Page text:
We pay so much attention to negative emotions like fear, anger, anxiety, etc… that we rarely reflect to the same extent on enjoyable emotions that uplift us. Of course, it makes sense to focus on that which causes suffering to try to diminish it but if we could choose between pleasure or pain, what would we choose?  Definitely, pleasure. Specially, at this time of the year, when the first Spring shoots are appearing timidly in the soggy soil, is this not a good reason to celebrate and be optimistic?

As biological beings we have two basic survival mechanisms at our disposal: approach and avoidance.  The rules are pretty simple: pain is to be avoided, pleasure is to be pursued. From a spiritual point of view, however, as long as there are likes and dislikes we are in a state of bondage, subject to our basic survival  drives.  Both the avoidance of the unpleasant or the attachment to the pleasant are impediments to the realization of our true nature described in Yoga as Satchitananda: existence, knowledge and bliss absolute, a state  that elevates us from an instinctual condition. The key word here is attachment or identification with either the pleasant or the unpleasant. But as long as we are alive life will present us with pleasure and pain, so we are not talking here about eradicating pleasure and pain but not identifying with them.  So by this process of non-identification we can eventually realize the truth of Satchitananda.  In the meantime, the masters of all traditions tell us to cultivate those qualities that define a liberated being: wisdom, compassion and bliss.

This means we don’t have to wait to realize that we are bliss in order to experience it.  Because we are all endowed with this true nature, in principle, we are all capable of experiencing bliss, joy or happiness right now. Of course there are degrees of bliss just as there are degrees of enlightenment but we have all experienced moments of great joy in our lives. Remember how you felt last time you were in love?  When experiencing bliss it is impossible to miss it because we feel it in the body.  It changes our cardiovascular rhythm, improves our immune system and brightens our facial expression giving shine to our eyes.  From a neurological point of view joy releases the neurotransmission of dopamine that has the power to send us on a euphoric trip. It makes us focused, motivated and creative. But long before neurology came into the picture, poets have known the effects of pleasure, specially the connection between love, the heart and the eyes.  Jacopo de Lentini  (1210-60) expressed it this way: “Love is a desire that comes from the heart through an abundance of pleasure. The eyes first generate love, and the heart gives nourishment.”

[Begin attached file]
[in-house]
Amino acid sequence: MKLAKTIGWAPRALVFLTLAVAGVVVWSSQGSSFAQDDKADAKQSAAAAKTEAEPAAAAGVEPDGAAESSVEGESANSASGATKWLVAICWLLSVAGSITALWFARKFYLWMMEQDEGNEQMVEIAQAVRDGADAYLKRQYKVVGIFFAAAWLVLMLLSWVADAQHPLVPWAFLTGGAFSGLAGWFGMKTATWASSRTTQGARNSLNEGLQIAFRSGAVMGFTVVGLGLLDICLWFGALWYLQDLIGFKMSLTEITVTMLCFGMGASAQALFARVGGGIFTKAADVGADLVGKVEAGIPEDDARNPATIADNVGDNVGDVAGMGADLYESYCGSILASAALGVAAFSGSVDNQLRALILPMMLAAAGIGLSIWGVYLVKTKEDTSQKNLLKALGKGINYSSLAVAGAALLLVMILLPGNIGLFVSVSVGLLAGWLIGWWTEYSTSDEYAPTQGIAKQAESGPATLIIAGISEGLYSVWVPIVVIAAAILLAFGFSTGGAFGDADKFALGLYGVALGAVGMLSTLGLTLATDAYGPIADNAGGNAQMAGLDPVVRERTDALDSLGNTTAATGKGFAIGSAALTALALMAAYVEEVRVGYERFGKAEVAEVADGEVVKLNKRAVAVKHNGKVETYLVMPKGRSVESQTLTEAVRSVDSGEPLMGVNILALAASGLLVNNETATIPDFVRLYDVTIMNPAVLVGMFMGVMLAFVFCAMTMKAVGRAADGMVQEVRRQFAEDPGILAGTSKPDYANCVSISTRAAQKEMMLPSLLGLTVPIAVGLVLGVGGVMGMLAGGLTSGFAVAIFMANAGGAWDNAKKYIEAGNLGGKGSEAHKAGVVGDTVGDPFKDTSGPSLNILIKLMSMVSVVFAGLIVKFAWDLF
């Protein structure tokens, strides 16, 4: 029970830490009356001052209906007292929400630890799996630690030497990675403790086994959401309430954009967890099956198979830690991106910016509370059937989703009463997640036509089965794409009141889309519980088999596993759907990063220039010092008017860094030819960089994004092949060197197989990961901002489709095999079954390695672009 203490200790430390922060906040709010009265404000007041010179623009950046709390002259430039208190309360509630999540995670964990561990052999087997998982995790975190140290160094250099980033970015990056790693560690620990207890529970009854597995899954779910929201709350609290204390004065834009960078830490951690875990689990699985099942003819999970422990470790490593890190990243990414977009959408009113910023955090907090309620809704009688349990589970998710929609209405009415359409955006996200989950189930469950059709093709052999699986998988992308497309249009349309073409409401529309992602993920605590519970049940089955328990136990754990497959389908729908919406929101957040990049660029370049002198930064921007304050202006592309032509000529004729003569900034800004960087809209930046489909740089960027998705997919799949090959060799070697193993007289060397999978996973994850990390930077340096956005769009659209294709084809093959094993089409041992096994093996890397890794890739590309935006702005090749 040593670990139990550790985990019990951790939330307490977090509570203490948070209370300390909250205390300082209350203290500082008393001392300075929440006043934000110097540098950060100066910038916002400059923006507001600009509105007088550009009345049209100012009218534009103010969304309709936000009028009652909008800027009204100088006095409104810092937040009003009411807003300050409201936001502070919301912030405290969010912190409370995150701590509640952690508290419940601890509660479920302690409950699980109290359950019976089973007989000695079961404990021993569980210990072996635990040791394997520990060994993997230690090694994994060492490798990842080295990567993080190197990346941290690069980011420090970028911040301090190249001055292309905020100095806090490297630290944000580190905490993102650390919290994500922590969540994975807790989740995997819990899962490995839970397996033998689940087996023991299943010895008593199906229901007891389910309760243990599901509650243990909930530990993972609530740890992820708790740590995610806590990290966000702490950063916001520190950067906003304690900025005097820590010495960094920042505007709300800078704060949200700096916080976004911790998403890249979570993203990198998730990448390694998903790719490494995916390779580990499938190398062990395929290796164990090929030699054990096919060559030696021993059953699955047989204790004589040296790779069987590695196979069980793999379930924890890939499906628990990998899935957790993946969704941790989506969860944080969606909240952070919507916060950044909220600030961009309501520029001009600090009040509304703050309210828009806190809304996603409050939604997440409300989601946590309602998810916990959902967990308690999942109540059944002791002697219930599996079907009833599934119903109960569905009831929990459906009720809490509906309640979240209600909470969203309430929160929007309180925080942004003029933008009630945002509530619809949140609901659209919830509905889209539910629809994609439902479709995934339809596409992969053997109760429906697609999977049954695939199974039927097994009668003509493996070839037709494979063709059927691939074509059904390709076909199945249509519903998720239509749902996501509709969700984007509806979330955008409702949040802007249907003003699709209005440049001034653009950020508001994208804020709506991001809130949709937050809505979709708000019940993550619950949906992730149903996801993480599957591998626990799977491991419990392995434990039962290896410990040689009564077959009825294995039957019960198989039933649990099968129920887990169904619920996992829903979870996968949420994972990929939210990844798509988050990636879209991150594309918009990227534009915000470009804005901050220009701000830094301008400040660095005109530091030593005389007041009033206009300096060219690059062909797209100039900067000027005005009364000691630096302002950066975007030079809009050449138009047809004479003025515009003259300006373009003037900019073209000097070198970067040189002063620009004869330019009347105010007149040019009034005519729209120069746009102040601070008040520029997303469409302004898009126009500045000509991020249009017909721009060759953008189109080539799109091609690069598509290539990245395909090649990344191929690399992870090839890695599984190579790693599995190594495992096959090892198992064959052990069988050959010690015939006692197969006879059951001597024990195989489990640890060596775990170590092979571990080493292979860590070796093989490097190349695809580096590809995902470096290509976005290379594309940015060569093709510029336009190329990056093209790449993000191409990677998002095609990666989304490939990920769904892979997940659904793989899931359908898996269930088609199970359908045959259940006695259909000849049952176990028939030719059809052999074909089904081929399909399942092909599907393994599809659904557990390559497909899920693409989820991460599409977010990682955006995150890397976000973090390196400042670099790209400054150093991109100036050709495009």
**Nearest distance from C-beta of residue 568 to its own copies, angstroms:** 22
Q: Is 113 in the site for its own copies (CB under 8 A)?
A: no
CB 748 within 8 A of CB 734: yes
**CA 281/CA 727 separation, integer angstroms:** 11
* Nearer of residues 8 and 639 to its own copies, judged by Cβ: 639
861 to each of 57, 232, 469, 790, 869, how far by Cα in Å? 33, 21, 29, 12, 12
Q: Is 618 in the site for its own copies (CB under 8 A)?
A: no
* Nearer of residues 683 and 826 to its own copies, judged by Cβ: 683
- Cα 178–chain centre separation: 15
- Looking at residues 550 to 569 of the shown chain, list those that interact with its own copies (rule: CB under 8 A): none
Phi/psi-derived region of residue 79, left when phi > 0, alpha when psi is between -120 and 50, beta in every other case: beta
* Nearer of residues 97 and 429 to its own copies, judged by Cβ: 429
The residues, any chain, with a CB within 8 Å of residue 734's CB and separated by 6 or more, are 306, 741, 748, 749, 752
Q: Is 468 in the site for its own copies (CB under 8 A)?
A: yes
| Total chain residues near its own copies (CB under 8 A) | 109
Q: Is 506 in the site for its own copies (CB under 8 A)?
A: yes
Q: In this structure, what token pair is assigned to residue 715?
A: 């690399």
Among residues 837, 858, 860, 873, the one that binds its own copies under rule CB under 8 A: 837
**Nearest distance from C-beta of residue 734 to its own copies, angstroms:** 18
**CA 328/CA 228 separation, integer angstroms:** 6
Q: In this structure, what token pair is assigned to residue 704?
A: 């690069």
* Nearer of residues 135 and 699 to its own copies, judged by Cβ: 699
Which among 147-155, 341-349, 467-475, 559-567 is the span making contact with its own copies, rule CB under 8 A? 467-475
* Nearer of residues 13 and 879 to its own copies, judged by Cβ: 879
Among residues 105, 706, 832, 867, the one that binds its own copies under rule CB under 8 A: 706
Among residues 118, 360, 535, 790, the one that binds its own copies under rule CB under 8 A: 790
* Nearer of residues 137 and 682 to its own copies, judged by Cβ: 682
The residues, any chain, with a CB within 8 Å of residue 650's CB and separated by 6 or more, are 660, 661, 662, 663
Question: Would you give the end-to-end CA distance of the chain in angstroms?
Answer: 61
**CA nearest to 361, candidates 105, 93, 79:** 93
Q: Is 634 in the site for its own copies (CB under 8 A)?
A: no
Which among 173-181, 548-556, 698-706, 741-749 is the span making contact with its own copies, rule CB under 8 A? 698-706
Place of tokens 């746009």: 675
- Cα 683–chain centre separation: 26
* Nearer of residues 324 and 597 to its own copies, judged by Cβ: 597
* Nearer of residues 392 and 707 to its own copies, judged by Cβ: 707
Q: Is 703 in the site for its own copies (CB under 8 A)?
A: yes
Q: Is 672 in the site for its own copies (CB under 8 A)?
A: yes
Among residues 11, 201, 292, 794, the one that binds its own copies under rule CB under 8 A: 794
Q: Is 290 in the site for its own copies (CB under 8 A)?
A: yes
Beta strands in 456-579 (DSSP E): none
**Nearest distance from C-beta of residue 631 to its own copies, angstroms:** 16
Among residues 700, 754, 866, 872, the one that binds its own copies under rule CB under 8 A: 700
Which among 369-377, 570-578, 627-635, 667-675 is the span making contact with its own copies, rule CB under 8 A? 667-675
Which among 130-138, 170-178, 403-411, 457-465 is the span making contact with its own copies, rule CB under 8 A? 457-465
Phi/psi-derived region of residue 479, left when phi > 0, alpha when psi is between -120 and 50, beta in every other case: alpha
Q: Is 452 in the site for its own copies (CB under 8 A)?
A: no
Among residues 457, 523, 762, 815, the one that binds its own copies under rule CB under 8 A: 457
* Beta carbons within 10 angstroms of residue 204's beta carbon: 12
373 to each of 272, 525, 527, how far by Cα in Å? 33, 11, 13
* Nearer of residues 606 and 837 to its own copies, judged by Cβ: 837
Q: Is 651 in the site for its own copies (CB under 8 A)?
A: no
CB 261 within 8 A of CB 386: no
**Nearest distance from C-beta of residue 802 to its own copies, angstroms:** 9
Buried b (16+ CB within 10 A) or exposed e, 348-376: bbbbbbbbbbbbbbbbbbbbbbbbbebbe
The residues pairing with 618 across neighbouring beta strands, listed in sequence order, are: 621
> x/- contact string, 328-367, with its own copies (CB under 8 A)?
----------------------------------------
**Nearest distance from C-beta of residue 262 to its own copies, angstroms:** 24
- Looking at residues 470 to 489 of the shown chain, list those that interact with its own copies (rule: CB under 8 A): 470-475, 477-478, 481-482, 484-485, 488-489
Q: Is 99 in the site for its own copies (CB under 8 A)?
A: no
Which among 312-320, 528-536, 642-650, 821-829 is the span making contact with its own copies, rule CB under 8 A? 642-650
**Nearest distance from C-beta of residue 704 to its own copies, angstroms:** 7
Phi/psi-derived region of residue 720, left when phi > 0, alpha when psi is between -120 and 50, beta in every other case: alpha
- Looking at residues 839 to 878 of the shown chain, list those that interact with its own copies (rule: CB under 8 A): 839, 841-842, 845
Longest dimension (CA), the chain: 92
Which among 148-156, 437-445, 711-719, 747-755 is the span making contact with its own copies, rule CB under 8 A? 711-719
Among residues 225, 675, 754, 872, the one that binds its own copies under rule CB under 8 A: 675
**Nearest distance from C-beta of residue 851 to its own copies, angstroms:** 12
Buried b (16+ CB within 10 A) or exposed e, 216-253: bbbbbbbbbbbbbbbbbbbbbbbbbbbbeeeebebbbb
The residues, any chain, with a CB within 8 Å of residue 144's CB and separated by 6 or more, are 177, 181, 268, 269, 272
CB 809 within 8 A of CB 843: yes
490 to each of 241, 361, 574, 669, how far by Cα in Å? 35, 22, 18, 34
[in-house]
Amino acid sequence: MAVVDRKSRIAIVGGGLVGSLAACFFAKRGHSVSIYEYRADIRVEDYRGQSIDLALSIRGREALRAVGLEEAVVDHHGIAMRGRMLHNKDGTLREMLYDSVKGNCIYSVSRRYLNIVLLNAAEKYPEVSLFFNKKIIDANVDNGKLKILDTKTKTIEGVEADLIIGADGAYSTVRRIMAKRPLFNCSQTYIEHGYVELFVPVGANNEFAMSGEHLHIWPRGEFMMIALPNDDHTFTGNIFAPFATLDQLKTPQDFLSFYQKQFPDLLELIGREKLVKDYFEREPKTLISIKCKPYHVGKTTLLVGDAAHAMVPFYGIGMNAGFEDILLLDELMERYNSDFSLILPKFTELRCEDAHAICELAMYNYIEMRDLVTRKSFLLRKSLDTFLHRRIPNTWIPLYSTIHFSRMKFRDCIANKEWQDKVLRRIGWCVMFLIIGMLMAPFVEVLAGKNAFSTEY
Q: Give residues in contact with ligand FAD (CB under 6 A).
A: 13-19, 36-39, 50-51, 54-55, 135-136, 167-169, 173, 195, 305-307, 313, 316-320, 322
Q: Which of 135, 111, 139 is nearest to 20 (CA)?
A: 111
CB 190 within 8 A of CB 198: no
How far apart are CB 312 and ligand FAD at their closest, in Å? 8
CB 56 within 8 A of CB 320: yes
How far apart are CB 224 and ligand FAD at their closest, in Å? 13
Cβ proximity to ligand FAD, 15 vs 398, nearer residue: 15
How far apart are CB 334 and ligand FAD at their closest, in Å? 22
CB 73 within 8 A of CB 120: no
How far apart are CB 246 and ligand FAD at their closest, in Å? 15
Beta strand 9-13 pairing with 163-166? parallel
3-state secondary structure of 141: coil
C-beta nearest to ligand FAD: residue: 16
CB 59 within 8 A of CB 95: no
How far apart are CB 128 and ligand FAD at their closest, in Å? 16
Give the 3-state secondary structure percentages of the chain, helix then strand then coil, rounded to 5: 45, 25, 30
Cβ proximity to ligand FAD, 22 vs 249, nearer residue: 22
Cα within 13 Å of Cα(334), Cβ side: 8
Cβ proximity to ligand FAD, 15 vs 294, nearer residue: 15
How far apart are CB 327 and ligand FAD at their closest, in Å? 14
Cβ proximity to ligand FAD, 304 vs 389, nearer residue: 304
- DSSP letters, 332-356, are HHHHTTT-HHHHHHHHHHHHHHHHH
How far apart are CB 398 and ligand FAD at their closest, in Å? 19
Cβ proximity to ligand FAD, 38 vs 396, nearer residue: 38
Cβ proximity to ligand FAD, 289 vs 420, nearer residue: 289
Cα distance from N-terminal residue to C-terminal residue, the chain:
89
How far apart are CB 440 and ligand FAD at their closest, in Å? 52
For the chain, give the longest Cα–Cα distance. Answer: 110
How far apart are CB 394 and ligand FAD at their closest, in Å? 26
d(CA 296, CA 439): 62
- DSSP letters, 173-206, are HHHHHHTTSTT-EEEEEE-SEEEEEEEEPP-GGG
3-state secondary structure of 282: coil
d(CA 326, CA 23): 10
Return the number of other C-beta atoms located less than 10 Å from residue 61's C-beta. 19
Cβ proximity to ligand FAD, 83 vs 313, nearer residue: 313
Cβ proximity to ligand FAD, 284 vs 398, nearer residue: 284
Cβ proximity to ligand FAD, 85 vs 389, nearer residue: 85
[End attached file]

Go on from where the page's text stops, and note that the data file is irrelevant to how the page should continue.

In moments of happiness, and not just when being in love, we have all experienced how the vision of the world changes. Simple pleasures like listening to a favorite piece of music can send chills up our spine sharpening our attention and  delighting our heart. So the question is how can we be under the rapturous spell of bliss in our everyday life so that our preoccupation with fear, sadness or anxiety subsides under the power of pleasure? Of course, pleasure when indiscriminate and immoderate will turn into its opposite, pain, and so we must always use our judgement in choosing wisely our pleasurable activities.

For example, rising early has tangible benefits. Yes, I said raising early… There are precious pleasures to be enjoyed in the morning like doing stretches, pranayama, chanting, meditation but also, to break the routine, going for an early morning walk, just taking in the early sounds and light of the morning, greeting neighbors and perhaps stopping at the local bakery to buy some croissants. When confined within the close boundaries of repetitive habit we become in a sense blind to our surroundings.   Our mental gaze is projected to a distant purpose and we overlook local opportunities for delight.  Joy or even a small pleasure gives us better eyes and nails down fear. It pushes it down towards temporary oblivion so that we can make room and look at everything with renewed optimism. Full eradication of fear can only happen after full enlightenment or total freedom, but remember that we are talking here about cultivation of positive qualities and cultivation means practice.